Young Should Stop 'Hiding Out in Universities': Investor
Young people struggling to find a job should consider starting their own businesses, Barclays Capital co-CEO, Rich Ricci, told CNBC last week.
Ricci said young adults should be encouraged to “pursue their dreams” rather than taking refuge in further education to wait out the global downturn.
“You don’t necessarily need that MBA, if you’ve got a great idea, the energy, and the wherewithal to do something on your own. We need to offer a better alternative to people than just hiding out in universities. We need to encourage them to pursue their dreams,” he said.
According to an October 2011 report by the International Labor Organization (ILO), 2010 saw the highest-ever youth unemployment numbers and rates across the developed world, since measurement began in 1991.
The ILO report said that in developed countries, long-term unemployment rates for young people generally far exceeded those for adults. In Italy for example, youths were three times more likely to be unemployed for more than one year than adults.
Despite this, Ricci said cultural attitudes in Europe discouraged young people from considering entrepreneurship.
“It seems in Europe [as opposed to Asian nations and the US] there is more of a traditional approach to the job environment, and young people wanting to work… They are more comfortable taking the educational approach, rather than taking the risk, and being encouraged to take the risk,” he said.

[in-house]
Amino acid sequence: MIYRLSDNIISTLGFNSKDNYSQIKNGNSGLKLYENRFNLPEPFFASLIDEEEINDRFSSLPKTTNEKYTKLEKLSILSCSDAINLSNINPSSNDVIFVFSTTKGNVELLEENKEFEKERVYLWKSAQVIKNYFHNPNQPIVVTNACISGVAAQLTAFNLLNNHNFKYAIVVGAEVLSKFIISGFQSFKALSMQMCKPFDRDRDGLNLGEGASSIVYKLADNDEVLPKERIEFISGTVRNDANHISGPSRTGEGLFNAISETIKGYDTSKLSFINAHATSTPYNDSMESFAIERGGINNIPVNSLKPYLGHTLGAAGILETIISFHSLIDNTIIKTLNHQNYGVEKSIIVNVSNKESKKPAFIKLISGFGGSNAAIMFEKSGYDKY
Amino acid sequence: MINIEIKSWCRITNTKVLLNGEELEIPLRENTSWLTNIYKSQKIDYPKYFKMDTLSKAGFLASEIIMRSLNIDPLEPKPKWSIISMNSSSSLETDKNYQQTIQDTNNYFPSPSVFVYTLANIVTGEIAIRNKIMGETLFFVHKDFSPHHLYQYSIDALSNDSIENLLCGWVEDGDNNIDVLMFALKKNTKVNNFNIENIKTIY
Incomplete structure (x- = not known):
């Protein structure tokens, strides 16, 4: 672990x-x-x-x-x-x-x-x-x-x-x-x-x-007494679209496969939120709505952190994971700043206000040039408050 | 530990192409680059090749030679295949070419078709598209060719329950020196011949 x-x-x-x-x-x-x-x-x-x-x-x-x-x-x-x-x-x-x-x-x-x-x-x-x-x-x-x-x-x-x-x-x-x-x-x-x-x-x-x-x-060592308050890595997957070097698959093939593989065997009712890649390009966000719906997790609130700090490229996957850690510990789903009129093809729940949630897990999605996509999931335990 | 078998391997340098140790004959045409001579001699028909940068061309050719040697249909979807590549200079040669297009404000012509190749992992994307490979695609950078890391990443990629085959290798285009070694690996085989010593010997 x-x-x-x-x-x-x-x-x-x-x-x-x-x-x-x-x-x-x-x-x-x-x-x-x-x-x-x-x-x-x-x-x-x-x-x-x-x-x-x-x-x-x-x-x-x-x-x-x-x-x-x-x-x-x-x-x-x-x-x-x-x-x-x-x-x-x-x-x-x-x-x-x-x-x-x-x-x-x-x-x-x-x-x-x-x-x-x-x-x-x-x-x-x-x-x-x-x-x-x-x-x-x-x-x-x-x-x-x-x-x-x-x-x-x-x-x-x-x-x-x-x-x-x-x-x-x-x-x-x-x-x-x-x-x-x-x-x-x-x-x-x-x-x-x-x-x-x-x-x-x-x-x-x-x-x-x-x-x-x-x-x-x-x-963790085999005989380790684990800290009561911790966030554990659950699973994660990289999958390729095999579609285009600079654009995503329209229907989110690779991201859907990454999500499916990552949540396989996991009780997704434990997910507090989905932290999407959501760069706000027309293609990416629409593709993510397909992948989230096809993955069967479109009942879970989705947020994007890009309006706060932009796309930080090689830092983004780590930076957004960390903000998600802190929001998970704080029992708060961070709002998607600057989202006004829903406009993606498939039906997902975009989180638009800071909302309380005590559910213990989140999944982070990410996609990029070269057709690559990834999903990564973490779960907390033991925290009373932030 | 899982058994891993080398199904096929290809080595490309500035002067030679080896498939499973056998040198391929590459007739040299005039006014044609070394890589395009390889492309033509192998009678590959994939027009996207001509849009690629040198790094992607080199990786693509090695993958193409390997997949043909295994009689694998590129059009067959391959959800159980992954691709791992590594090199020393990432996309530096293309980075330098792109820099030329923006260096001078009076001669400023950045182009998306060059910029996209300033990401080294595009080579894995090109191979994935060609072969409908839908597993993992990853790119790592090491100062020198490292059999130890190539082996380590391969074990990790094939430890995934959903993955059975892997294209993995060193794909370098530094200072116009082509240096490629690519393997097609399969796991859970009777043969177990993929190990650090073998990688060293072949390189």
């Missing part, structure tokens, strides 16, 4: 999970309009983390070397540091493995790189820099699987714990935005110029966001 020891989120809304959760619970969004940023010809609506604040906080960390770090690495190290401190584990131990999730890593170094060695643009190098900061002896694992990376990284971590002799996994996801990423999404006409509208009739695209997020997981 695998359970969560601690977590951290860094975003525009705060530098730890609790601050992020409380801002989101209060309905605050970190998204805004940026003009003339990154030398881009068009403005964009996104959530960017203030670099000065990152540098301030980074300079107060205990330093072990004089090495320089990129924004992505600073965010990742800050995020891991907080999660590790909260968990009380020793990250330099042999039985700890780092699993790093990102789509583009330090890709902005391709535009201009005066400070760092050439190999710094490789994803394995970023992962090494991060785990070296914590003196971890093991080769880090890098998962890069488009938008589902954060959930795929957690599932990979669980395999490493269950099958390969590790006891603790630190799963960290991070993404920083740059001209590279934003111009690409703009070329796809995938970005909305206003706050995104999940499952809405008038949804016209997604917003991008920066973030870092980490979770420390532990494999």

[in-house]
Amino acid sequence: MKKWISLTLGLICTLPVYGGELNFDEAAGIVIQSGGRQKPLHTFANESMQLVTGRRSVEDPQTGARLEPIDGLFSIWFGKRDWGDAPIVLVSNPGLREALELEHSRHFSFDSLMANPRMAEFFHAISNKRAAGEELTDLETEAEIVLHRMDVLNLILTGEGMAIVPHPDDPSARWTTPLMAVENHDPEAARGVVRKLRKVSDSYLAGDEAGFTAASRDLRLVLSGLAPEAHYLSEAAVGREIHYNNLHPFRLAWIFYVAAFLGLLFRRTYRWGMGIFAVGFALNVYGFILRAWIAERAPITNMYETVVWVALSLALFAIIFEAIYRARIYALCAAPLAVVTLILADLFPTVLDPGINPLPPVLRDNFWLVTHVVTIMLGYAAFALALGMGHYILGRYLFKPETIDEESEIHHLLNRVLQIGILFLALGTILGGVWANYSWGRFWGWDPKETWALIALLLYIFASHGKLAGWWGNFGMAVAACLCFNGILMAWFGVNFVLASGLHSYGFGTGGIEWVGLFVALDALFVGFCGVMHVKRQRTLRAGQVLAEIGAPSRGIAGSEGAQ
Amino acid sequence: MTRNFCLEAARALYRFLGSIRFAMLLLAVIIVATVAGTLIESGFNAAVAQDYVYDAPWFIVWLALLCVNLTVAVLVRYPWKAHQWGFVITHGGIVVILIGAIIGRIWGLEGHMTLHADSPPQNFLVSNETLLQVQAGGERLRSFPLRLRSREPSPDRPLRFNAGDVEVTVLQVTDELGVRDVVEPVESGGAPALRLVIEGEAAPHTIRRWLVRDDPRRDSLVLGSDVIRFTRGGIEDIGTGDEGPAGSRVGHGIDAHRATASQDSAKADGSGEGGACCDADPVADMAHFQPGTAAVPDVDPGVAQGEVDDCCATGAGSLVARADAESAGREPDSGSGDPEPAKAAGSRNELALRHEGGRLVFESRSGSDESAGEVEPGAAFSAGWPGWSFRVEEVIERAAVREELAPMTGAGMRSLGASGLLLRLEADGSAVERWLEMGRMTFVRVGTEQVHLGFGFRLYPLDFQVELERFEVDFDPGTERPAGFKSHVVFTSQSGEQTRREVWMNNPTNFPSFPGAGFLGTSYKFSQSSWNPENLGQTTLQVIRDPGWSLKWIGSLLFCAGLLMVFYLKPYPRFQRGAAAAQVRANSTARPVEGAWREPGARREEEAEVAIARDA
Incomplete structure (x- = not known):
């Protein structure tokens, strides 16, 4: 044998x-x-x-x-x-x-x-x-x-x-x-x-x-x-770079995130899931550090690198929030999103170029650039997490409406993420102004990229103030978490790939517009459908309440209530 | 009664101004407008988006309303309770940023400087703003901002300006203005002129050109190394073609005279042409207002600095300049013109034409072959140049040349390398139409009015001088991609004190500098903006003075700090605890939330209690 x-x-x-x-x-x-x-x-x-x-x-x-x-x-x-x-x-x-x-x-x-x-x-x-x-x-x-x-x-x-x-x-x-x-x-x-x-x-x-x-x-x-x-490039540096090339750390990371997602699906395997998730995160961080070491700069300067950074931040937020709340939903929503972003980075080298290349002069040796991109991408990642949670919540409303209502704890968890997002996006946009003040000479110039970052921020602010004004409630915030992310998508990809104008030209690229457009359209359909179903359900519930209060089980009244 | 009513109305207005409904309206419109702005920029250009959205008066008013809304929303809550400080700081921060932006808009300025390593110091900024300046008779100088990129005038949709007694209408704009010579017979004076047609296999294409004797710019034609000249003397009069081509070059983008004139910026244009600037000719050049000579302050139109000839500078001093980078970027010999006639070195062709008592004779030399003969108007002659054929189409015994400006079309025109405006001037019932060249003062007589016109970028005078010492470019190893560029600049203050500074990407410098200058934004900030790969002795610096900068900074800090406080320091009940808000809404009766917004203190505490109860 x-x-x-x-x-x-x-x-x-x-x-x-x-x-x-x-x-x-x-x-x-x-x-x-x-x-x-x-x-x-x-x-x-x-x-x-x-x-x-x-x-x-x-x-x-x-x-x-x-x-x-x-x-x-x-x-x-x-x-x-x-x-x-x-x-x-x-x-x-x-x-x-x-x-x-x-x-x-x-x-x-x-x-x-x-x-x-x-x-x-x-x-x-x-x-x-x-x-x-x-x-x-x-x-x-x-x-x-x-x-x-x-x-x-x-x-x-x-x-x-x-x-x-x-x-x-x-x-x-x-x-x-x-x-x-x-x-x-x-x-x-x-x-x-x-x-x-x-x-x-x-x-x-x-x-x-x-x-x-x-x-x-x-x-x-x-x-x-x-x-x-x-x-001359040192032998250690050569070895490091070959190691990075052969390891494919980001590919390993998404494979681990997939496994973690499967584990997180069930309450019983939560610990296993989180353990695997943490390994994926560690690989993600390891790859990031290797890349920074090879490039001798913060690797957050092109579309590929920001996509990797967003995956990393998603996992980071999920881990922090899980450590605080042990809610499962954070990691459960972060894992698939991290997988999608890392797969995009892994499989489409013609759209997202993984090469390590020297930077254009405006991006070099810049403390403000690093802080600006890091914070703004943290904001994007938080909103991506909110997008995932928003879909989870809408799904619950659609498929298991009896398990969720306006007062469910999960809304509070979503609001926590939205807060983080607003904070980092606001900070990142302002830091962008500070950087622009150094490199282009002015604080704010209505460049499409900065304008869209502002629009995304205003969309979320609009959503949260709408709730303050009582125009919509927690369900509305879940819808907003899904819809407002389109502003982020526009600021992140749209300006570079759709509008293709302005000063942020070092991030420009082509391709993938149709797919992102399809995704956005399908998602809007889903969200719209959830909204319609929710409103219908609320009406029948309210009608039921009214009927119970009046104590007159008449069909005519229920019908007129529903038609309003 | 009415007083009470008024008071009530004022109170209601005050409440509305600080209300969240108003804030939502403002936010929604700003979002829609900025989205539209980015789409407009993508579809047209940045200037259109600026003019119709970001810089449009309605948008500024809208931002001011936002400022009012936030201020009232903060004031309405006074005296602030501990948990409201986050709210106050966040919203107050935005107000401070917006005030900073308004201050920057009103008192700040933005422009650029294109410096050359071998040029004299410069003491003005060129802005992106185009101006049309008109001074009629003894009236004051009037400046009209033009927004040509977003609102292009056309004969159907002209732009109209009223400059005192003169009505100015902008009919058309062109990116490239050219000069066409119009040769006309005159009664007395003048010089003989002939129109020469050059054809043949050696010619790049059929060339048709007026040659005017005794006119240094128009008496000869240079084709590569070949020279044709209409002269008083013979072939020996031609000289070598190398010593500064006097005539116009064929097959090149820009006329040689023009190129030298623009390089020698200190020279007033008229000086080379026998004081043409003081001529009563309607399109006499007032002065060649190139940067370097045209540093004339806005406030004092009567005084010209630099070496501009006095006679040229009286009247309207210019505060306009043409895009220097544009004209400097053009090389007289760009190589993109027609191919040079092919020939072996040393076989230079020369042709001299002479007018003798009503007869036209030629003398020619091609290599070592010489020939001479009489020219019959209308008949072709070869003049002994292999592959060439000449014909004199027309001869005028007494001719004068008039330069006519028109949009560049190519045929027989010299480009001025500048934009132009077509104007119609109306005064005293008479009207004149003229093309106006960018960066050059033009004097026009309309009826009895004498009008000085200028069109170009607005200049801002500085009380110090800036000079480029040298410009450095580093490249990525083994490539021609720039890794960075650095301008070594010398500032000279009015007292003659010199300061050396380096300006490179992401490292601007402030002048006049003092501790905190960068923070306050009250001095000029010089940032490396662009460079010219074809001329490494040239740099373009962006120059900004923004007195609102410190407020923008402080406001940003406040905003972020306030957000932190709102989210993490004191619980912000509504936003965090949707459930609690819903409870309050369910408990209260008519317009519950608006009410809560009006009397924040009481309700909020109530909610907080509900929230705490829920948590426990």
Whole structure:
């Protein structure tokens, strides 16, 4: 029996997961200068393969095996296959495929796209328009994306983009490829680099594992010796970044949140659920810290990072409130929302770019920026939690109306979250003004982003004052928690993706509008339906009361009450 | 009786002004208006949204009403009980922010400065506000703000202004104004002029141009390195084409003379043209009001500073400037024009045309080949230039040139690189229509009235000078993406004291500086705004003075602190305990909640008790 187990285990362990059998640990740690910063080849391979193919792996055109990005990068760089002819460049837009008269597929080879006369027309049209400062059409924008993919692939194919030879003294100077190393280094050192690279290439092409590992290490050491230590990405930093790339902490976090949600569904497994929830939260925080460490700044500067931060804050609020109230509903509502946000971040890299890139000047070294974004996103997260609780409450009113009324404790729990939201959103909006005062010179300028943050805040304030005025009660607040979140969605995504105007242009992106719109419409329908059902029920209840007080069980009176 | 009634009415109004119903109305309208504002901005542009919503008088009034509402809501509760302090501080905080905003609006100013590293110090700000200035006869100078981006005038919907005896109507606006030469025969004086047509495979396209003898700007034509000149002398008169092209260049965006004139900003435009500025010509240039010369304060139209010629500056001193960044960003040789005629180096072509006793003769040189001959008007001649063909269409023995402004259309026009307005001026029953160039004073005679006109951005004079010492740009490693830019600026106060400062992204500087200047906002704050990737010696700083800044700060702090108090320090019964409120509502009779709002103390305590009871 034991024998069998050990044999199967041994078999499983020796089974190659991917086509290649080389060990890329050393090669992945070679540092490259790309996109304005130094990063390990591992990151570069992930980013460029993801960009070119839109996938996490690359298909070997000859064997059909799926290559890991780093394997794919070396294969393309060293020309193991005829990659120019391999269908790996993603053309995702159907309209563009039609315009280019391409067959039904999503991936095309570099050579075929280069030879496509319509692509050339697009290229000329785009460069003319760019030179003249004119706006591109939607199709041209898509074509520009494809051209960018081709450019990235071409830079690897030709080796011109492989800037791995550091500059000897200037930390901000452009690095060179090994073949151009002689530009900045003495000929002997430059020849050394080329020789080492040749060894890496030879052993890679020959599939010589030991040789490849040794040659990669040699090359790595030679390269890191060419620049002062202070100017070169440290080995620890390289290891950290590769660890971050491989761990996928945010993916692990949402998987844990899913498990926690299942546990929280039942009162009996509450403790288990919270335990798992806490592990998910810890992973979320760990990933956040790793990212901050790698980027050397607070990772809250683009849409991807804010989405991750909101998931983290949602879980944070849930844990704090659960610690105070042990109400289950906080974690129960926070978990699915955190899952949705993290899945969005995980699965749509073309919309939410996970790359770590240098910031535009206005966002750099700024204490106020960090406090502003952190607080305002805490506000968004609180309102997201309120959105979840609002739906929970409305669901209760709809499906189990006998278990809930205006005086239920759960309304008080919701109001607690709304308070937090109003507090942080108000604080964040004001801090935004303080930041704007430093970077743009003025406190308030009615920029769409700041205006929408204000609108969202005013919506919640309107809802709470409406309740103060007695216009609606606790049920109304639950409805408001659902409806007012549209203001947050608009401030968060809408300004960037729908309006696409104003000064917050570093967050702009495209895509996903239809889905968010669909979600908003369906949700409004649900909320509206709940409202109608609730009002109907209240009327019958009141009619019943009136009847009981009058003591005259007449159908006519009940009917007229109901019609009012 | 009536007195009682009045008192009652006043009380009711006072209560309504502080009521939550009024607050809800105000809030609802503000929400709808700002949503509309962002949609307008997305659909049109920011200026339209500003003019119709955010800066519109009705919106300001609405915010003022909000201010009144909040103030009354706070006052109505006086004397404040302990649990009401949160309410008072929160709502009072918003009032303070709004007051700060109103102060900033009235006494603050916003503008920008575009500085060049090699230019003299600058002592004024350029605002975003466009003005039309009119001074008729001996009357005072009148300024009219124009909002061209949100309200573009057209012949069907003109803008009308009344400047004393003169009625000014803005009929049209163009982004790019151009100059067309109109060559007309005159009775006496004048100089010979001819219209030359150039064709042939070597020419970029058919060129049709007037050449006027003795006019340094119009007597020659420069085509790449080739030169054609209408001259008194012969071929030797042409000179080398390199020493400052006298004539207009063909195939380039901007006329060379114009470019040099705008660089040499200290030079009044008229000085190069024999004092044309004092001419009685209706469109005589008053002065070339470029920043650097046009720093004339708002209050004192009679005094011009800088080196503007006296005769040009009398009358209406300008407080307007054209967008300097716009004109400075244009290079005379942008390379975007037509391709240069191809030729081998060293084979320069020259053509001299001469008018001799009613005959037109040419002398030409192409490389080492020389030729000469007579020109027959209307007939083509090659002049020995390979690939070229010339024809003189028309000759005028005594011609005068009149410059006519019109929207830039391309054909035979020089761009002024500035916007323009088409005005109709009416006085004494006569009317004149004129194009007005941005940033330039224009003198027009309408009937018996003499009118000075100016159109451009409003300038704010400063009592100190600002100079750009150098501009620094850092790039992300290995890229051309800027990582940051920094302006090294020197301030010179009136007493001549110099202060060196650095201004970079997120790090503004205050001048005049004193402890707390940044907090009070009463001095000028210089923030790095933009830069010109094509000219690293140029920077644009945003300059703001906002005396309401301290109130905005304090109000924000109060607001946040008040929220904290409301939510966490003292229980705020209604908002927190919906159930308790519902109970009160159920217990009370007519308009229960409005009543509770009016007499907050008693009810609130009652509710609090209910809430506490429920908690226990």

Ricci said credit was available at reasonable rates for those in need of funding, but lack of confidence in the macroeconomic situation, plus market instability, was deterring would-be entrepreneurs from accessing it.
He added that organizations exist which help young people build their own businesses, including Youth Business International(YBI), which provides financing, mentoring and training to entrepreneurs worldwide aged between 18 and 35 years old.
YBI also hosts yearly entrepreneurship awards, of which Ricci was a judge this year. 2011’s ‘Entrepreneur of The Year’ is Amir Asor, the Israeli founder of Young Engineers, which provides educational programs, based on Lego, which teach math, physics and engineering. Asor hopes to launch the program in schools worldwide, and is already in conversation with both the Israeli and Nigerian ministers for education.
“Something like Amir’s idea is fantastic. It is something that can be pursued and driven globally. I think he is a good idea of what you can do to be successful.” Ricci said.
Barclays Capital co-CEO Rich Ricci will join CNBC on November 16 to discuss market fears about the Euro Zone and the banking sector.